It’s a new era for Office-to-Residential conversions in the UK, if we get the light right


In March 2021, the UK introduced legislation enabling commercial office buildings to become residential buildings, under Class MA permitted development rights.

Class MA permitted development rights aimed to repurpose under-utilised properties to help ease the housing shortage and provide commercial opportunities. Initial industry response was tempered due to certain restrictions, such as a three-month vacancy requirement and a conversion space cap.  Now, significant amendments brought in on 5 March 2024 have removed these barriers and herald a new era for office-to-home transformations.

New opportunities for converting commercial buildings

The 2024 amendments have widened the scope for office residential conversion, removing previous limitations. Now developers can explore the potential of converting office spaces into residential units without waiting for leases to end or being constrained by size limitations. This legislative flexibility encourages property portfolio owners and developers to consider speculative conversions, significantly benefiting the housing market and urban development.

The Importance of Adequate Natural Light

 A pivotal aspect of converting offices to residential units is ensuring “adequate natural light”. The term remains deliberately undefined in legislation, providing Local Planning Authorities (LPAs) the discretion to interpret it based on the specific context of each project.

While this approach allows for flexibility, it emphasizes the necessity for developers to adhere to guidelines ensuring homes are well-lit and comfortable. The Building Research Establishment (BRE) Guidelines and BS EN 17037 standards offer natural light parameters, and any successful office residential conversion projects must incorporate a thoughtful approach to providing daylight in living spaces.

Navigating Design Challenges

Turning an office into a cozy home isn’t as straightforward as it might seem, especially when it comes to making sure every room gets enough light.  Offices often have lots of windows, but the deeper the building, the harder it is to get sunlight into every corner. This challenge requires some creative thinking in design – like arranging spaces so that living areas get the most light, and accounting for obstructions from neighbouring buildings which potentially only allow light to enter the building at a steep angle.

In spaces which only have a high Lux level at the front of the room (with poorer light levels to the rear), the recently revised BRE assessments present a hurdle. These guidelines now require minimum Lux levels be achieved to 50% of the room area, meaning a more uniform light level.  The guidelines supersede the Average Daylight Factor (ADF) assessment metric, which had allowed developers to ‘average’ a concentrated pool of high daylight across the total room area, compensating for poor light levels to the rear.  The updates allow for a better occupant experience, and will challenge design teams to meet those levels in many office conversions.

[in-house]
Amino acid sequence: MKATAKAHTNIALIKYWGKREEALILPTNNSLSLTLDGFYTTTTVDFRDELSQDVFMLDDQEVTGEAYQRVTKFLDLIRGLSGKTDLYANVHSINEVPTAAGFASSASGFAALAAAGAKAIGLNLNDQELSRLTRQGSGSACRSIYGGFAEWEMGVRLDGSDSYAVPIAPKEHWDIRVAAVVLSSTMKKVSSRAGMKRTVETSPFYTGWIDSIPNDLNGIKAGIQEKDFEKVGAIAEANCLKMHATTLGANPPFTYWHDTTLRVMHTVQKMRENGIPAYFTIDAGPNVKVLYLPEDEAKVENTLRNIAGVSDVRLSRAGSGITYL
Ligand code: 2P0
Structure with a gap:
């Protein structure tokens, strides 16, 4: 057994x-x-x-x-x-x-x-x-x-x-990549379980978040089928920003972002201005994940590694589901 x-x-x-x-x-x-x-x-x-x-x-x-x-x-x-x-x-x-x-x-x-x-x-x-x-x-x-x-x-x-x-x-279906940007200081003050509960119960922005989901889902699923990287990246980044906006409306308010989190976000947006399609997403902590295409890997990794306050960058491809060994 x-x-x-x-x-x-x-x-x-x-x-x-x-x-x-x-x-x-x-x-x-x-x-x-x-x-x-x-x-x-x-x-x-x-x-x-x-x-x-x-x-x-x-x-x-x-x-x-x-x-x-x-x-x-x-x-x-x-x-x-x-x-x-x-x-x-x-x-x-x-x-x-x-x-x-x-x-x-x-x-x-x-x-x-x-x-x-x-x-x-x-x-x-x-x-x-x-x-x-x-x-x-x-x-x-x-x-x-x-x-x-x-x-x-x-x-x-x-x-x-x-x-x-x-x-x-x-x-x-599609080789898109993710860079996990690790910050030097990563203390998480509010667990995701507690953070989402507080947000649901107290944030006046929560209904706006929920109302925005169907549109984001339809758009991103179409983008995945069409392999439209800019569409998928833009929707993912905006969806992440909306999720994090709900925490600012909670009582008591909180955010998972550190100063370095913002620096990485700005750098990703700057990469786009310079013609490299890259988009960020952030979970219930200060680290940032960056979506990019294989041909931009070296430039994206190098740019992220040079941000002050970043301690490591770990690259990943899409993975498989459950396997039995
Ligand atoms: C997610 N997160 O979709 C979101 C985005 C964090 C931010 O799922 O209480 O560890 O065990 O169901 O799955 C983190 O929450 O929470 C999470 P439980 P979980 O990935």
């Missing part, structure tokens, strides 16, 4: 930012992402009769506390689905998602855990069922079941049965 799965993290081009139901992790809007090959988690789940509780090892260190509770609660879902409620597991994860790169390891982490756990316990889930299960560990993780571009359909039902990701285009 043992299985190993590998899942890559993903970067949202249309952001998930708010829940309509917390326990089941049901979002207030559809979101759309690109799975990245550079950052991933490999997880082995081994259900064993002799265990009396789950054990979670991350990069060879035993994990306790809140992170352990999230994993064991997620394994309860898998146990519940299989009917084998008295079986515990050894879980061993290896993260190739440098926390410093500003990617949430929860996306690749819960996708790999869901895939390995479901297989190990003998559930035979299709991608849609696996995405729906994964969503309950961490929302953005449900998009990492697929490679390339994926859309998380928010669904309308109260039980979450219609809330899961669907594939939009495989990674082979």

Examples of different room and window configurations in relation to daylight (lux) distribution

Simplified Prior Approval process

While some guidelines have created new challenges, the Prior Approval process for office residential conversion is a more streamlined one compared to traditional planning applications.

This eight-week process focusses on critical aspects like the provision of natural light, living space standards, and noise impact from any commercial occupiers on residents. This expedited approach should mean a quicker start to conversion projects, although developers must meticulously plan to meet these requirements.

Capitalising on repurposing office assets

For developers interested in office to residential conversion, the updated regulations present a valuable opportunity to contribute to urban redevelopment and meet housing demand. Professional expertise in daylight and sunlight planning is instrumental to navigate the complexities of conversion projects, ensuring that new homes are bright, welcoming, and compliant with the rules.

We have several projects advising on this matter, so we are well placed to provide wider advice on new potential developments going forward.

If you require a high-level feasibility review from a daylight perspective, please let us know and we would be happy to help.

Key Contact – Daylight and Sunlight, Right to light:

Richard Nosworthy, Director

+44 7918 973822